It lists all the article entries found in the repository.

Syntax: ops entries.


Command: Entries List
Command: Entries List

The command will show the number of articles and list them all in their ID form as found in the working repository.


It creates a new entry given its ID and classes5 separated by commas.

Syntax: ops create { entry-id } { class_1,class_2,...,class_n }.

Where classes from \(1 \to n\) go from coarse to finer subdirectories.


Command: Create Entry
Command: Create Entry

Entry names must be correct values; they must not exist already, and the classes are passed as a value separated by commas.

Articles are developed in the Git branch named as their ID.

So, the command leaves you in the article’s branch, where a new empty entry with the given information is created and committed to Git by the system.


It builds the article(s) passed.

Syntax: ops build { target } (jekyll).


  • target can either be the ID of the article or .. If a dot . is passed, the article corresponding to the current branch (if some) will be built, otherwise (when in branch main) all articles will be built.
  • jekyll is an optional argument to run bundle exec jekyll clean and bundle exec jekyll build (so it can be served later).


Command: Build Working Article
Command: Build Working Article

There are two steps in the building process. One is the intermediate source generation (i.e. the ops tool) that’s still readable and targeted for Jekyll. Then Jekyll is applied to these intermediate files.


It runs a configured (Ktor) web server for testing the site in localhost.

The server listens to the { project }/out/build/{ project }/_site directory where Jekyll generated the site in the last building step.

Syntax: ops serve.

The response will be similar to this:

[main] INFO ktor.application - Serving P:\tobiasbriones\test-blog-deploy\out\build\test-blog-deploy\_site
[main] INFO ktor.application - Application started in 0.13 seconds.
[DefaultDispatcher-worker-1] INFO ktor.application - Responding at
Command: Serve Project Out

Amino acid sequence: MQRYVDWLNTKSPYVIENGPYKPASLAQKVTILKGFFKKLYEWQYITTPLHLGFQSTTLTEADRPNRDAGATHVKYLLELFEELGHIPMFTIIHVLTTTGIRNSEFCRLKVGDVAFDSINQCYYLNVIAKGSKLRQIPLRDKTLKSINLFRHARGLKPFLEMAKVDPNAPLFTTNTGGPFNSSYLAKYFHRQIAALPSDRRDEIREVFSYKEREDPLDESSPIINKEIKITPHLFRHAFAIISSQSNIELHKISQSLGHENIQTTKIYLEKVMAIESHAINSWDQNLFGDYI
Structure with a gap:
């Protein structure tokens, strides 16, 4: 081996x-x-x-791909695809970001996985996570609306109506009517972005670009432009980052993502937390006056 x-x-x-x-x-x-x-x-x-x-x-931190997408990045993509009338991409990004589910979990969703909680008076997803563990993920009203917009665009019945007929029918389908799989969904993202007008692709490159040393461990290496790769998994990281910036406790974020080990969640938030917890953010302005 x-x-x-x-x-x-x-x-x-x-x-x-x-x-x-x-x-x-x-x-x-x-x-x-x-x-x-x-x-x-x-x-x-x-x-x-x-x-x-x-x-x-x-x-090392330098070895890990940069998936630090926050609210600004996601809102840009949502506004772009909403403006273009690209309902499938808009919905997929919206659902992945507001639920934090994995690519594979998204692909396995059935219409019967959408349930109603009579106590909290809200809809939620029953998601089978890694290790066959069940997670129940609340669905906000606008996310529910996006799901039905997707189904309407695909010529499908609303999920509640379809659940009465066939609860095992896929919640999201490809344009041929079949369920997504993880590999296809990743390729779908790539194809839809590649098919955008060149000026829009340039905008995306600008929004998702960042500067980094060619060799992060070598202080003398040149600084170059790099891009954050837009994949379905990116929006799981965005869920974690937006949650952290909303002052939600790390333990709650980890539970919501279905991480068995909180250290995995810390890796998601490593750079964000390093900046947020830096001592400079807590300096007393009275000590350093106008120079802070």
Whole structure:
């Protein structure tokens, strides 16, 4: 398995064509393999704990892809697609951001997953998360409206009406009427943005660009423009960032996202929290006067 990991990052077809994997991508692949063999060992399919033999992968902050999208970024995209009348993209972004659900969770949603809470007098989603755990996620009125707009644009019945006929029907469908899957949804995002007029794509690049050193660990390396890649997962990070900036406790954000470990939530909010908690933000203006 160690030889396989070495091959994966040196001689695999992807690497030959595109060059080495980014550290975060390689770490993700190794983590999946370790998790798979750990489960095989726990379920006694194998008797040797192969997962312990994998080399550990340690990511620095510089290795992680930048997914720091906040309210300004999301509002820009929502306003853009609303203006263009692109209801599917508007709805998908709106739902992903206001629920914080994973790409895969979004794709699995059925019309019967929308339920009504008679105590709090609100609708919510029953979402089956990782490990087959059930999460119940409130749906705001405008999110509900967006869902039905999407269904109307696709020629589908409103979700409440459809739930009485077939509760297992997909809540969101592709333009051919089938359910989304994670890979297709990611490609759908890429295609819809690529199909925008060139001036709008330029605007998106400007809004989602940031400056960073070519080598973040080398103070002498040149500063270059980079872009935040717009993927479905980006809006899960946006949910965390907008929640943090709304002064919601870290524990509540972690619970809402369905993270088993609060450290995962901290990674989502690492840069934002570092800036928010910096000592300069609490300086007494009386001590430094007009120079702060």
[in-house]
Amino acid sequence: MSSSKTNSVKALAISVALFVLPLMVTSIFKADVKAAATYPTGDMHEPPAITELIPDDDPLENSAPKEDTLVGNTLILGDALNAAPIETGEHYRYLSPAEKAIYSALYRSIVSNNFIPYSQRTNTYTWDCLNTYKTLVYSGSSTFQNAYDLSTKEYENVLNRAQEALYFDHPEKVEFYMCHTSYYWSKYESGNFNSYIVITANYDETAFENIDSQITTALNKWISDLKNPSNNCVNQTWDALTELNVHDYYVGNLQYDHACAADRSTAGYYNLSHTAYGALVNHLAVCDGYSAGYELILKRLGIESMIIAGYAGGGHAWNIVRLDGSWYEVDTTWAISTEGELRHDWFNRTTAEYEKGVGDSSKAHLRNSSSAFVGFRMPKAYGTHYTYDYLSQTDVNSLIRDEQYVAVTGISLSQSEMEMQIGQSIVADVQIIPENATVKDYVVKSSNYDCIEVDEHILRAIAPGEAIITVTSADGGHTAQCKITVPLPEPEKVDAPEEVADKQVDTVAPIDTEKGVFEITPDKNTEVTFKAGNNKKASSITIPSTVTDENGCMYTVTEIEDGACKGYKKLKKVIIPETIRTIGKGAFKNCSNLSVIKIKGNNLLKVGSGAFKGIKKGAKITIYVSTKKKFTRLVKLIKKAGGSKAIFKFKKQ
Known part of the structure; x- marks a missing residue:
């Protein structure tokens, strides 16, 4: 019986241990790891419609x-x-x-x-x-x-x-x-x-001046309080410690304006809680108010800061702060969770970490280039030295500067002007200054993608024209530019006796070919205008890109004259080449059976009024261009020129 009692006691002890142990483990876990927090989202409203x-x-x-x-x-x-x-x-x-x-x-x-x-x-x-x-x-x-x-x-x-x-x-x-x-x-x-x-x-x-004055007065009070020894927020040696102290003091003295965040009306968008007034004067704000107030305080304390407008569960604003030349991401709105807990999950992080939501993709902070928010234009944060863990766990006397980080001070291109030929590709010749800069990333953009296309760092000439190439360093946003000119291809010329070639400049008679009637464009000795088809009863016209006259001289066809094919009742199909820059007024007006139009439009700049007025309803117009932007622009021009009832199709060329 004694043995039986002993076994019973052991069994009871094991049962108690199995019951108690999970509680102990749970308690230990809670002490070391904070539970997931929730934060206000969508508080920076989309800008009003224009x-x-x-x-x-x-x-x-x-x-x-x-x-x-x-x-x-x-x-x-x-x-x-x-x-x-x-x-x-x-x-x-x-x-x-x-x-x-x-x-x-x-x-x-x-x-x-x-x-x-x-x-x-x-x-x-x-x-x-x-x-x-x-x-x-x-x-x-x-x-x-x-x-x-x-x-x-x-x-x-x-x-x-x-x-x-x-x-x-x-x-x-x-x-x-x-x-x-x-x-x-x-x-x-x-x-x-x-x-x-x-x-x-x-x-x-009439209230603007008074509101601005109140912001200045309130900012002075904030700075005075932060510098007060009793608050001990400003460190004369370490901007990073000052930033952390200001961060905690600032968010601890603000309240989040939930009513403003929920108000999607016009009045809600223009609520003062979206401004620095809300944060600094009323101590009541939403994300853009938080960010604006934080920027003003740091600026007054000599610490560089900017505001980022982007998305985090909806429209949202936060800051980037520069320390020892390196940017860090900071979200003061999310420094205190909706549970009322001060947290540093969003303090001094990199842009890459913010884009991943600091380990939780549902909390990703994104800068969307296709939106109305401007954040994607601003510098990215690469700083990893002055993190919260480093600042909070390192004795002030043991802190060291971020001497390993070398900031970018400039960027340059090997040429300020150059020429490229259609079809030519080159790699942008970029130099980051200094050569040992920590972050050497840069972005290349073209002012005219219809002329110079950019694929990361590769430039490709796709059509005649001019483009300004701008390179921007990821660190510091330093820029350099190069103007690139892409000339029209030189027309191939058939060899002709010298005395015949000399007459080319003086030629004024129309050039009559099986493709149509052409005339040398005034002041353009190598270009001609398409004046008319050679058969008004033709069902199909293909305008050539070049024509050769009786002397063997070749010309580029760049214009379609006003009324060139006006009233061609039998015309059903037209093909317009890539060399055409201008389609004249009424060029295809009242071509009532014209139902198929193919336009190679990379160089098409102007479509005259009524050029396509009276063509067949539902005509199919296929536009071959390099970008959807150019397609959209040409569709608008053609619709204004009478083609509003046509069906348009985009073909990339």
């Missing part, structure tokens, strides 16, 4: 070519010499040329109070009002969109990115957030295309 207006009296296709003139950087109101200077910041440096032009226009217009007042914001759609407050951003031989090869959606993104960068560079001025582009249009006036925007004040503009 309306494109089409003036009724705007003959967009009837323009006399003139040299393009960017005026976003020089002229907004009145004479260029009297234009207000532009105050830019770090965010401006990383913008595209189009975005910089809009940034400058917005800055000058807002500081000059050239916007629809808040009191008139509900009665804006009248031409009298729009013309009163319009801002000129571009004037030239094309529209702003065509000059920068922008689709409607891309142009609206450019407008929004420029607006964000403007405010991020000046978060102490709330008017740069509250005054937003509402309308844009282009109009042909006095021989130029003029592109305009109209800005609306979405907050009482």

Applications can be locally served with this command after running the build plus Jekyll command that puts the output to the out building directory.


It deploys to GitHub the passed article(s) from branch main.

Syntax: ops deploy { target }.


  • target is the article ID to deploy or a dot . to deploy everything.


Command: Deploy Article
Command: Deploy Article

Articles have to be already published, that is, integrated into the main branch, so the process is applied from source to production.

Migration from GitHub Pages to Netlify

GitHub pages serve only as a basic static site platform for mere repository documentation, so the next step was to move to something appropriate like Netlify, which I’m also experienced with.

New Features

Relevant new features have been developed in the meantime.

This includes functional requirements I’ll address soon in the next blog, like ToC article navigation and source code tree navigation.

Among non-functional requirements, I developed a dictionary system to convert entry names to title cases. This way, article titles, images captions, etc., will be rendered automatically from source. The source is the file name itself (simple 👍🏻), similar to how I encoded hyphens and pipes on file names.

You can see how this smart dictionary works from the current spec:

fun toTitleCase() {
    val entry: (String) -> Entry = { Entry(Path.of("/swe/abc/$it")) }
    val cases = mapOf(
        ) to "Basic Title",